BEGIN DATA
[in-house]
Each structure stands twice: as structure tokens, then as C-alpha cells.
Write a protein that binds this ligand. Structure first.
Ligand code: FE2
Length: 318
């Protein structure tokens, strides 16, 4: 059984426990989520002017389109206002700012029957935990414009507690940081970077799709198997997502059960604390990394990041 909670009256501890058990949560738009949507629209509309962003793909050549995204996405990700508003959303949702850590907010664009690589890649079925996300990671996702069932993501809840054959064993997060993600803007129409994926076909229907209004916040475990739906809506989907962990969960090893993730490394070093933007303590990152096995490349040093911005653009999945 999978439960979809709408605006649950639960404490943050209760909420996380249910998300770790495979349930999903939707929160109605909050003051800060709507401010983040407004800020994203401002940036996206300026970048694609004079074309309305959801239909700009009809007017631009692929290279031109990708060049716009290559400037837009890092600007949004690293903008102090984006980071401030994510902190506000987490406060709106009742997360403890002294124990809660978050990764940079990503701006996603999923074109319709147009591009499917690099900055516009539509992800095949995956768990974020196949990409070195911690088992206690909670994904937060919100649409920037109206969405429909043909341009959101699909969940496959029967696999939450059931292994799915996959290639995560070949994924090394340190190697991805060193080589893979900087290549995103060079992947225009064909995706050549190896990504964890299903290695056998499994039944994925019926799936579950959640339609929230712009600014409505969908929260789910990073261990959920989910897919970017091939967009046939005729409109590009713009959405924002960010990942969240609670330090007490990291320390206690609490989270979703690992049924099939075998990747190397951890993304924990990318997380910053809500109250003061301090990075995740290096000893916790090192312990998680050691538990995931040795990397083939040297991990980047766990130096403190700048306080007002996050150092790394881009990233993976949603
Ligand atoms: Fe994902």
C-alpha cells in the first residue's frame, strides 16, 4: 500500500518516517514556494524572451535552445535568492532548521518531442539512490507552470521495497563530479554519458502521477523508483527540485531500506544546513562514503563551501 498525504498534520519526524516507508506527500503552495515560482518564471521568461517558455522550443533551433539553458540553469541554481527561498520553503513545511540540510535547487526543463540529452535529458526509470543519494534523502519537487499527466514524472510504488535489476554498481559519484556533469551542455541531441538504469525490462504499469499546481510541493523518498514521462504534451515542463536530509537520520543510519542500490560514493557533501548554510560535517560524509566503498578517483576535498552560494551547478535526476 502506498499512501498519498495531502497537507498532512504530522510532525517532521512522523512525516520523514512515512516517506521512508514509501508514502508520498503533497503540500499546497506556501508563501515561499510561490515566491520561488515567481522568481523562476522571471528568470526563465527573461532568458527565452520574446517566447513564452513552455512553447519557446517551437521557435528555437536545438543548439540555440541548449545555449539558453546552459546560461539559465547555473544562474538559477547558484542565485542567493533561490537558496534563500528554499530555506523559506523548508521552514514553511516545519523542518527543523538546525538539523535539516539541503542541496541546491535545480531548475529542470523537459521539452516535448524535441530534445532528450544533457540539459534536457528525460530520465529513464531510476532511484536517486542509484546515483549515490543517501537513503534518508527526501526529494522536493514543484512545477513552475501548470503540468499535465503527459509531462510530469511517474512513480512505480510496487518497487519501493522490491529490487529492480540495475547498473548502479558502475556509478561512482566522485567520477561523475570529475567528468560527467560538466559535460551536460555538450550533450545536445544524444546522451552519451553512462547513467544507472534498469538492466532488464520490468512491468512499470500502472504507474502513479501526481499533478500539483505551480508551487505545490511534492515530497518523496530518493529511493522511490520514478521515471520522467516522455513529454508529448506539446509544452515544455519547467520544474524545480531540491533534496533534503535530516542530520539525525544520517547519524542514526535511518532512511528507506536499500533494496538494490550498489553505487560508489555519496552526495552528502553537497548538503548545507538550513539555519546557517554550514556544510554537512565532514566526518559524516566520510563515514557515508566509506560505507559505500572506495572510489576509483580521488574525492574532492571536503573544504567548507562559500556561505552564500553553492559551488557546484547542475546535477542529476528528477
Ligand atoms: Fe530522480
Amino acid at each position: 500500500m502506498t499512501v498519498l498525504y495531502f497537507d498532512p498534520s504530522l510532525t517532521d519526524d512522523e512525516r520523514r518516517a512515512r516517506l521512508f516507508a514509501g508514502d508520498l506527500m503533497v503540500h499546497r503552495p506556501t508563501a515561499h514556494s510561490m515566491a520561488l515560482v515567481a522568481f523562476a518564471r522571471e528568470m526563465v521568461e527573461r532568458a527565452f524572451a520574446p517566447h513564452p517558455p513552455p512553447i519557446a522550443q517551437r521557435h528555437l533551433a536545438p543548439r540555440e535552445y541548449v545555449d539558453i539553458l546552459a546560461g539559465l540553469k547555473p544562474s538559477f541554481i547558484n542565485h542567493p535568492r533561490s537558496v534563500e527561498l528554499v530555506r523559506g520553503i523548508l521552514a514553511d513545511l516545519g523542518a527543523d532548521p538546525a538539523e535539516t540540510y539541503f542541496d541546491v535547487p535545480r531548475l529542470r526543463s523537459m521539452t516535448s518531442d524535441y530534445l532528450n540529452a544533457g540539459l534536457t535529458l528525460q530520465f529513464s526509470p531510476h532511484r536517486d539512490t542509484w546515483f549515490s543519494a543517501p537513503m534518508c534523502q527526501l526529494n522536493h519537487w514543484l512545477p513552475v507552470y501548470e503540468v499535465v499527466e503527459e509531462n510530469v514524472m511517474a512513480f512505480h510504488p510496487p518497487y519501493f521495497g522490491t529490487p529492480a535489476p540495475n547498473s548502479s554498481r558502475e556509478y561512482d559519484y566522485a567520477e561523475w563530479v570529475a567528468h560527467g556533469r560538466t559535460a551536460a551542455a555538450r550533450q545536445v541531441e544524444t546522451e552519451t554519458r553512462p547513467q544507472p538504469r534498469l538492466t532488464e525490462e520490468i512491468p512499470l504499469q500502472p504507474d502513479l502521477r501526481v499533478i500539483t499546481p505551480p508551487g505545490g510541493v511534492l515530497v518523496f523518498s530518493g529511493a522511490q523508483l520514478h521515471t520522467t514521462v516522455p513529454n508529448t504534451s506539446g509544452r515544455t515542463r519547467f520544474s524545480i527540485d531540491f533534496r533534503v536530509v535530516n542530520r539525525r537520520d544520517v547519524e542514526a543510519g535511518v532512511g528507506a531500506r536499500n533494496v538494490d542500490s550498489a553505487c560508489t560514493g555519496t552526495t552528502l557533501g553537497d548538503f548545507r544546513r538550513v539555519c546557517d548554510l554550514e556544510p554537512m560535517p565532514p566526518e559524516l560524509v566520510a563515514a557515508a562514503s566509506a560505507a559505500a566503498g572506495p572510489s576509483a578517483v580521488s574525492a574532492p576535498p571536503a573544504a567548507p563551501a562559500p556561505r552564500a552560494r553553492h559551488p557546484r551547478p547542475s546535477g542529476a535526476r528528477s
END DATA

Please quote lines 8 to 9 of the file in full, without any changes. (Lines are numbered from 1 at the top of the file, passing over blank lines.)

C-alpha cells in the first residue's frame, strides 16, 4: 500500500518516517514556494524572451535552445535568492532548521518531442539512490507552470521495497563530479554519458502521477523508483527540485531500506544546513562514503563551501 498525504498534520519526524516507508506527500503552495515560482518564471521568461517558455522550443533551433539553458540553469541554481527561498520553503513545511540540510535547487526543463540529452535529458526509470543519494534523502519537487499527466514524472510504488535489476554498481559519484556533469551542455541531441538504469525490462504499469499546481510541493523518498514521462504534451515542463536530509537520520543510519542500490560514493557533501548554510560535517560524509566503498578517483576535498552560494551547478535526476 502506498499512501498519498495531502497537507498532512504530522510532525517532521512522523512525516520523514512515512516517506521512508514509501508514502508520498503533497503540500499546497506556501508563501515561499510561490515566491520561488515567481522568481523562476522571471528568470526563465527573461532568458527565452520574446517566447513564452513552455512553447519557446517551437521557435528555437536545438543548439540555440541548449545555449539558453546552459546560461539559465547555473544562474538559477547558484542565485542567493533561490537558496534563500528554499530555506523559506523548508521552514514553511516545519523542518527543523538546525538539523535539516539541503542541496541546491535545480531548475529542470523537459521539452516535448524535441530534445532528450544533457540539459534536457528525460530520465529513464531510476532511484536517486542509484546515483549515490543517501537513503534518508527526501526529494522536493514543484512545477513552475501548470503540468499535465503527459509531462510530469511517474512513480512505480510496487518497487519501493522490491529490487529492480540495475547498473548502479558502475556509478561512482566522485567520477561523475570529475567528468560527467560538466559535460551536460555538450550533450545536445544524444546522451552519451553512462547513467544507472534498469538492466532488464520490468512491468512499470500502472504507474502513479501526481499533478500539483505551480508551487505545490511534492515530497518523496530518493529511493522511490520514478521515471520522467516522455513529454508529448506539446509544452515544455519547467520544474524545480531540491533534496533534503535530516542530520539525525544520517547519524542514526535511518532512511528507506536499500533494496538494490550498489553505487560508489555519496552526495552528502553537497548538503548545507538550513539555519546557517554550514556544510554537512565532514566526518559524516566520510563515514557515508566509506560505507559505500572506495572510489576509483580521488574525492574532492571536503573544504567548507562559500556561505552564500553553492559551488557546484547542475546535477542529476528528477
Ligand atoms: Fe530522480